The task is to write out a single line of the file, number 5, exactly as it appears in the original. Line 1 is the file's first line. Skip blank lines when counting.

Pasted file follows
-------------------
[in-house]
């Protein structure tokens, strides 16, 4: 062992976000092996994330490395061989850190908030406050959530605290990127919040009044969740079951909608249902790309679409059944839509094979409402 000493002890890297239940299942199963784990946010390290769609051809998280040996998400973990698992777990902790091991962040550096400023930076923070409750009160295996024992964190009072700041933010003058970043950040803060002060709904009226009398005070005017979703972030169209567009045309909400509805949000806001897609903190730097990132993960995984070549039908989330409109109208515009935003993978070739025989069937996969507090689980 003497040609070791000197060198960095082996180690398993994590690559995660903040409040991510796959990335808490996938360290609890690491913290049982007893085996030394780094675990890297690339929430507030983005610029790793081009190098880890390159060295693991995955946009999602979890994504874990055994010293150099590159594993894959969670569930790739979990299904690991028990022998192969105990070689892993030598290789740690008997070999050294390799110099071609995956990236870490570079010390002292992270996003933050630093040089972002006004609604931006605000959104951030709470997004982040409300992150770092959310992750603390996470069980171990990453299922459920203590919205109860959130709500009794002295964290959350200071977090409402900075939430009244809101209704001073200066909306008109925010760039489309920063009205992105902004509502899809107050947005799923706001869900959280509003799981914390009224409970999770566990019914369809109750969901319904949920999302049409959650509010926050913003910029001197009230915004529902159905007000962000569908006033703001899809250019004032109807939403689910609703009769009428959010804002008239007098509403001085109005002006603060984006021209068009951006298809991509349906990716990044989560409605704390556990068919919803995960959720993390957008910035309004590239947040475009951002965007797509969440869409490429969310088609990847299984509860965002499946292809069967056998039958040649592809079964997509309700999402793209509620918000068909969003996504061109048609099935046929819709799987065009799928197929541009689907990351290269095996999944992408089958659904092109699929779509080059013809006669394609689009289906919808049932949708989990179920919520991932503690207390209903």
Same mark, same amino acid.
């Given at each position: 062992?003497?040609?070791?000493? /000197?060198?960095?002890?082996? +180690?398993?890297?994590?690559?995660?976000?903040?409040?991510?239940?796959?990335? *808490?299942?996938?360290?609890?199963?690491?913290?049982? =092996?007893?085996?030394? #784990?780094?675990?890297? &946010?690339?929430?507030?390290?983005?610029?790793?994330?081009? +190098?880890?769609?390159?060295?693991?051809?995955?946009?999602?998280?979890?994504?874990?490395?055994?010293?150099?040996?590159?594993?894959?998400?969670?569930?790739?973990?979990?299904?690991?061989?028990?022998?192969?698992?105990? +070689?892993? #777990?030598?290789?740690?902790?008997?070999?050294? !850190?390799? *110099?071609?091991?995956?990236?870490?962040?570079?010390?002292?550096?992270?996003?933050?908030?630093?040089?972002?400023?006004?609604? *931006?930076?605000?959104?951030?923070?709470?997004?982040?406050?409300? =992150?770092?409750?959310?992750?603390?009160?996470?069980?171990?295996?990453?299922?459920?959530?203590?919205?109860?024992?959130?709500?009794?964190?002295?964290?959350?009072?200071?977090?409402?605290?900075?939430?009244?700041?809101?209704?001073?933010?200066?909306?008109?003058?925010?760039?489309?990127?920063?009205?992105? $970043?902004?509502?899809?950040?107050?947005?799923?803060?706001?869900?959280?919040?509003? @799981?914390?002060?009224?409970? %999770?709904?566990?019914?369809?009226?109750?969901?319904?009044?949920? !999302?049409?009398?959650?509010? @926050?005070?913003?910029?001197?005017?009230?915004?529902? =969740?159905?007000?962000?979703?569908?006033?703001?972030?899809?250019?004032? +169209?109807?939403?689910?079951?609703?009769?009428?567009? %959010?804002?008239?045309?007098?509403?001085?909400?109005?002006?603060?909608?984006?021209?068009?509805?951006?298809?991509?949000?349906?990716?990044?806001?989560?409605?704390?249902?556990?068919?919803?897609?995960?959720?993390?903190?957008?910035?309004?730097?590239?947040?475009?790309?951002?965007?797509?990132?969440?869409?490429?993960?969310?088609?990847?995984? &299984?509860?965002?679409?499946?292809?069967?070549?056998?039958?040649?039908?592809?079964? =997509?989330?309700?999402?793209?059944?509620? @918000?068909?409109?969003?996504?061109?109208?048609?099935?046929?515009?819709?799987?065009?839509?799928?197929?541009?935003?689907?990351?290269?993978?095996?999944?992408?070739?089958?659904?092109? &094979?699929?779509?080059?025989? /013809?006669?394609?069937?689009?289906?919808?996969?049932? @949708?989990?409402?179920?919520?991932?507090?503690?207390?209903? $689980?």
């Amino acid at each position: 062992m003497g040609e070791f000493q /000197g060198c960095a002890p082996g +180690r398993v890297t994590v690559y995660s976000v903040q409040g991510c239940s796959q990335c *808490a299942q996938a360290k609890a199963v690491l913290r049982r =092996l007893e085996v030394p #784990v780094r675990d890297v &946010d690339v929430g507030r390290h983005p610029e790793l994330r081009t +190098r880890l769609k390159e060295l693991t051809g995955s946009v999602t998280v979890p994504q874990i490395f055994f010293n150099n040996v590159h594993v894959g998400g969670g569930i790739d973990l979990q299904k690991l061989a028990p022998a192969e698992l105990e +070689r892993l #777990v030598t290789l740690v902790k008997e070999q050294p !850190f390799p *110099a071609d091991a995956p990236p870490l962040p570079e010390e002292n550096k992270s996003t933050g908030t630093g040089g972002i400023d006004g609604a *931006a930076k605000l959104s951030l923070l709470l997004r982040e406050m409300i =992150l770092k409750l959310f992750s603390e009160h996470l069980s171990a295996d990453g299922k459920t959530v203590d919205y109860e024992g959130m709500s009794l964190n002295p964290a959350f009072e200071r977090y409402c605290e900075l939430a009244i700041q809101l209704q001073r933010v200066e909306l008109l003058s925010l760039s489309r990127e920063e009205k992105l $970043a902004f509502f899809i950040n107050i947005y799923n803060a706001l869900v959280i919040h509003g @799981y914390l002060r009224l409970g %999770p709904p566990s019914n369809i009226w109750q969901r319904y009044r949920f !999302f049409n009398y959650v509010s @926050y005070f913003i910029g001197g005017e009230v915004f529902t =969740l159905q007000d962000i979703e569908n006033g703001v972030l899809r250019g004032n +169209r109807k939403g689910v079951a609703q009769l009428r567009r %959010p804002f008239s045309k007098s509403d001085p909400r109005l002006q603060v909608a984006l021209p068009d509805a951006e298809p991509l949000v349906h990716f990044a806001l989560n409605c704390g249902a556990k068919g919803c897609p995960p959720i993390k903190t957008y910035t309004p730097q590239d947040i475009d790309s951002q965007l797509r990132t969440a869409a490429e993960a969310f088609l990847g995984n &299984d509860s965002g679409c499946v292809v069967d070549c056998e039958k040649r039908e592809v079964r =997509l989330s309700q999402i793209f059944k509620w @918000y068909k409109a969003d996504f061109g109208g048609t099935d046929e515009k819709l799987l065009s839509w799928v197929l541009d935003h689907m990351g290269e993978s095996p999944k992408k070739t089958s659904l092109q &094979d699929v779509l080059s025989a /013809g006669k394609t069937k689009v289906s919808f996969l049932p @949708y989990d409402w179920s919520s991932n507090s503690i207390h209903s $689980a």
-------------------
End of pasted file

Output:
């Amino acid at each position: 062992m003497g040609e070791f000493q /000197g060198c960095a002890p082996g +180690r398993v890297t994590v690559y995660s976000v903040q409040g991510c239940s796959q990335c *808490a299942q996938a360290k609890a199963v690491l913290r049982r =092996l007893e085996v030394p #784990v780094r675990d890297v &946010d690339v929430g507030r390290h983005p610029e790793l994330r081009t +190098r880890l769609k390159e060295l693991t051809g995955s946009v999602t998280v979890p994504q874990i490395f055994f010293n150099n040996v590159h594993v894959g998400g969670g569930i790739d973990l979990q299904k690991l061989a028990p022998a192969e698992l105990e +070689r892993l #777990v030598t290789l740690v902790k008997e070999q050294p !850190f390799p *110099a071609d091991a995956p990236p870490l962040p570079e010390e002292n550096k992270s996003t933050g908030t630093g040089g972002i400023d006004g609604a *931006a930076k605000l959104s951030l923070l709470l997004r982040e406050m409300i =992150l770092k409750l959310f992750s603390e009160h996470l069980s171990a295996d990453g299922k459920t959530v203590d919205y109860e024992g959130m709500s009794l964190n002295p964290a959350f009072e200071r977090y409402c605290e900075l939430a009244i700041q809101l209704q001073r933010v200066e909306l008109l003058s925010l760039s489309r990127e920063e009205k992105l $970043a902004f509502f899809i950040n107050i947005y799923n803060a706001l869900v959280i919040h509003g @799981y914390l002060r009224l409970g %999770p709904p566990s019914n369809i009226w109750q969901r319904y009044r949920f !999302f049409n009398y959650v509010s @926050y005070f913003i910029g001197g005017e009230v915004f529902t =969740l159905q007000d962000i979703e569908n006033g703001v972030l899809r250019g004032n +169209r109807k939403g689910v079951a609703q009769l009428r567009r %959010p804002f008239s045309k007098s509403d001085p909400r109005l002006q603060v909608a984006l021209p068009d509805a951006e298809p991509l949000v349906h990716f990044a806001l989560n409605c704390g249902a556990k068919g919803c897609p995960p959720i993390k903190t957008y910035t309004p730097q590239d947040i475009d790309s951002q965007l797509r990132t969440a869409a490429e993960a969310f088609l990847g995984n &299984d509860s965002g679409c499946v292809v069967d070549c056998e039958k040649r039908e592809v079964r =997509l989330s309700q999402i793209f059944k509620w @918000y068909k409109a969003d996504f061109g109208g048609t099935d046929e515009k819709l799987l065009s839509w799928v197929l541009d935003h689907m990351g290269e993978s095996p999944k992408k070739t089958s659904l092109q &094979d699929v779509l080059s025989a /013809g006669k394609t069937k689009v289906s919808f996969l049932p @949708y989990d409402w179920s919520s991932n507090s503690i207390h209903s $689980a």